The student has exceeded the master. BOO-YA! In your face!

    On a more positive note, I will say that one of the hardest beliefs I am working on breaking is my belief that I am extraordinarily good at sussing out other people’s character and motivation, from things like noticing how they park.

  • Ya, I have a huge problem defending myself. Sometimes I ask myself “what exactly am I defending?” It gets really easy sometimes to get my sense of identity wrapped up with an idea or belief.

  • @ Tracy – Yeh well I was just taking a day off. I can’t be fully coached up 24/7 ya know!

    @ David – Oh yes! Very true that, and I think we’re all guilty of it from time to time. I think the key is that conscious awareness and not shooting off on auto-pilot all the time.

  • “I am half way through it and there is some cool stuff in there.”

    Is that so? (:

  • Tim,
    I am right in the middle of attempting to smash a belief that will not give up with ease….tomorrow I am working with an Irish Healer on the phone….attempting to smash and break up what is clogging the system…
    I have been eating raw and vegan for 7 weeks (DR. Fuhrman style) to make sure I do not get diabetes and to heal the liver disease….the average weight loss is 25 pounds…I have lost 1 pound and am starving all the time…and cold…

    What is interesting is that in the middle of this “good” and faithful quest….my church wants to grill me about taking away my “medical leave post ovarian cancer” and my Ordination….35 years they have been rejecting me…I do not wish to defend myself any more….

    Why am I holding on? Why am I not releasing?
    I loved your story and humor and drawings…

    I am not laughing much any more either.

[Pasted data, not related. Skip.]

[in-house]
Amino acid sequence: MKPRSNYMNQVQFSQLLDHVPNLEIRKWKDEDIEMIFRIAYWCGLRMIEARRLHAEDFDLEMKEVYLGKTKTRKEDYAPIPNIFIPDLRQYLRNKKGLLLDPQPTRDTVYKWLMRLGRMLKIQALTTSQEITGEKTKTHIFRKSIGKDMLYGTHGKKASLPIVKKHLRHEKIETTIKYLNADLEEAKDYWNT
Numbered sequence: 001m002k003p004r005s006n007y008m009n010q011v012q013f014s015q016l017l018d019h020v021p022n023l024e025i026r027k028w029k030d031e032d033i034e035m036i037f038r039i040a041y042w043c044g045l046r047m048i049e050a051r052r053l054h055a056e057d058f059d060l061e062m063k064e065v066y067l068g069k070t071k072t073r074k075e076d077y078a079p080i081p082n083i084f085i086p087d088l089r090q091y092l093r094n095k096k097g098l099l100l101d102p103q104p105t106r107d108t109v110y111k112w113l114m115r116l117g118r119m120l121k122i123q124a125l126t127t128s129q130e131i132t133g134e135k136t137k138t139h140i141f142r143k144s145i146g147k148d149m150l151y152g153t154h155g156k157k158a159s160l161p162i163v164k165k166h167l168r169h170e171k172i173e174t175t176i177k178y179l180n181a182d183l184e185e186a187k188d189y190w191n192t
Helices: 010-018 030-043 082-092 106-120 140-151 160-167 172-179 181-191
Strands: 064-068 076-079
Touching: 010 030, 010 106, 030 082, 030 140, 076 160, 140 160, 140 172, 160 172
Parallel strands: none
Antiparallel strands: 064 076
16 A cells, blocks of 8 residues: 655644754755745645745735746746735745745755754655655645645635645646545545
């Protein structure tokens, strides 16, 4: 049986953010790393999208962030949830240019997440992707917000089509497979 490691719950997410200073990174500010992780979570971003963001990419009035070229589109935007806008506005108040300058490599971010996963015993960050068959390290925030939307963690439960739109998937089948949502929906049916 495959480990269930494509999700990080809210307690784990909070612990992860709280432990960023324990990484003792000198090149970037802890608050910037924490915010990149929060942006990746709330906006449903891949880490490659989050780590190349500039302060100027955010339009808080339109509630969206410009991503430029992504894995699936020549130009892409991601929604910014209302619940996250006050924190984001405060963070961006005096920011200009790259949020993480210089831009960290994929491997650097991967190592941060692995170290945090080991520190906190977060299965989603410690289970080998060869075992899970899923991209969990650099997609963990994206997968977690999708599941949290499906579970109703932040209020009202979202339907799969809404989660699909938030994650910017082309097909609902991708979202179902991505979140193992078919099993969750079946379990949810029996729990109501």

• I loved this story, and your refreshing ability to cop to being human. In particular this message:

    “Or would it be wiser to concentrate on those people you can help, those that get what it is you’re doing and those that aren’t so quick to judge, and just ignore the rest?”

    Yes. Yes it would. Thank you for the reminder. Focusing on what’s right (and who’s right for me) instead of worrying about the rest. A great plan for today (maybe tomorrow too).

    You’ve got yourself a new subscriber…I look forward to reading through your archives (the post titles intrigue me).

  • I really enjoyed your story, and what you would have said was perfect.

  • I like it when any guiding figure can stand up and admit that they, too, have to work at it.

    Nothing’s a given. My combatives training coach always gets asked what it is like to not have fear. He always chuckles and says, I always have fear, although I usually get around it pretty quickly in the majority of cases. You can’t stop being human.

    When I talk to people about confidence in arguments or even in the possibility of violence, I always reinforce fallback options and a personal directive.

    Basically, I encourage them to follow a plan, what they can forecast as problems now, plan and practice for. Then, when that stops working, go to your purpose, customer is always correct, value the internal customer, or even make it right, regardless. If that falls out, roll in to principles like fairness, decency, truth, compassion to resolve the disagreement.

    It allows a few footholds to center when things start going emotional, or worst case violent. Getting a grip on what’s left of your cognitive brain is difficult when it is being doused with cortisol and betaendorphine!

    The best prescription is always ….Breathe…. Then beat the crap out of the person who is pissing you off! (kidding)